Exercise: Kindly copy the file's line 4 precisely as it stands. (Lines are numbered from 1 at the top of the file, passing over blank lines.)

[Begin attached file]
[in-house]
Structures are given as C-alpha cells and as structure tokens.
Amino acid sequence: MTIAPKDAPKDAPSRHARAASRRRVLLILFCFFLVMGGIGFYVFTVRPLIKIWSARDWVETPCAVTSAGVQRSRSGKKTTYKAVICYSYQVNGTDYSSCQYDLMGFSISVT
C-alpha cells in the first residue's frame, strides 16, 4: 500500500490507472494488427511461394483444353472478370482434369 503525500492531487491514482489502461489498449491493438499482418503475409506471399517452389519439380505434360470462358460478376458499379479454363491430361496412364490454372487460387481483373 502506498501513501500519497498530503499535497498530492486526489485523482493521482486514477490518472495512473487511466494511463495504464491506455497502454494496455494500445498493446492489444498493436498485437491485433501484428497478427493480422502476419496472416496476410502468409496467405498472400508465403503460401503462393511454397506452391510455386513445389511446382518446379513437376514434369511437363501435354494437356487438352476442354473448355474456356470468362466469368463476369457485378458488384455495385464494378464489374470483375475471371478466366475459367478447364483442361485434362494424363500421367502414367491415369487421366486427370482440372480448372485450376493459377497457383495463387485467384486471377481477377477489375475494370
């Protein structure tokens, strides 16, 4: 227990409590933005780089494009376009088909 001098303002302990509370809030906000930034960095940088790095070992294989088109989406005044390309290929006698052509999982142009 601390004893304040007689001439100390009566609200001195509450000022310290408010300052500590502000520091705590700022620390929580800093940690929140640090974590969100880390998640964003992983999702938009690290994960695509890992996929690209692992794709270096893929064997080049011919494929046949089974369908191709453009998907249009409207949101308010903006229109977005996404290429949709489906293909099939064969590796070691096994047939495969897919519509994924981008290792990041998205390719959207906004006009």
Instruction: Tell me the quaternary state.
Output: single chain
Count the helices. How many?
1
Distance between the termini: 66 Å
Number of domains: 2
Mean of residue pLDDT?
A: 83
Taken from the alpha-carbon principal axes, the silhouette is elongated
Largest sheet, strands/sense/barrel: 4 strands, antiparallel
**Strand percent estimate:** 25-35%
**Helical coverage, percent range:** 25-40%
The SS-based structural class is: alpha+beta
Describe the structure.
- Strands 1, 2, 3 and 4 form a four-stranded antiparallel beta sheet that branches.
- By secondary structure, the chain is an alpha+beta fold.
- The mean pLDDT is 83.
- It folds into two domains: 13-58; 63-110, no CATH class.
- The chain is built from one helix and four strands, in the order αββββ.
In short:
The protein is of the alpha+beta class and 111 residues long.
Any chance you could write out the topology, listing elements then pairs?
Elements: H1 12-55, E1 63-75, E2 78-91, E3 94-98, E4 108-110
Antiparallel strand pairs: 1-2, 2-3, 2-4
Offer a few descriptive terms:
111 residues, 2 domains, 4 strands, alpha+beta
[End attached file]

C-alpha cells in the first residue's frame, strides 16, 4: 500500500490507472494488427511461394483444353472478370482434369 503525500492531487491514482489502461489498449491493438499482418503475409506471399517452389519439380505434360470462358460478376458499379479454363491430361496412364490454372487460387481483373 502506498501513501500519497498530503499535497498530492486526489485523482493521482486514477490518472495512473487511466494511463495504464491506455497502454494496455494500445498493446492489444498493436498485437491485433501484428497478427493480422502476419496472416496476410502468409496467405498472400508465403503460401503462393511454397506452391510455386513445389511446382518446379513437376514434369511437363501435354494437356487438352476442354473448355474456356470468362466469368463476369457485378458488384455495385464494378464489374470483375475471371478466366475459367478447364483442361485434362494424363500421367502414367491415369487421366486427370482440372480448372485450376493459377497457383495463387485467384486471377481477377477489375475494370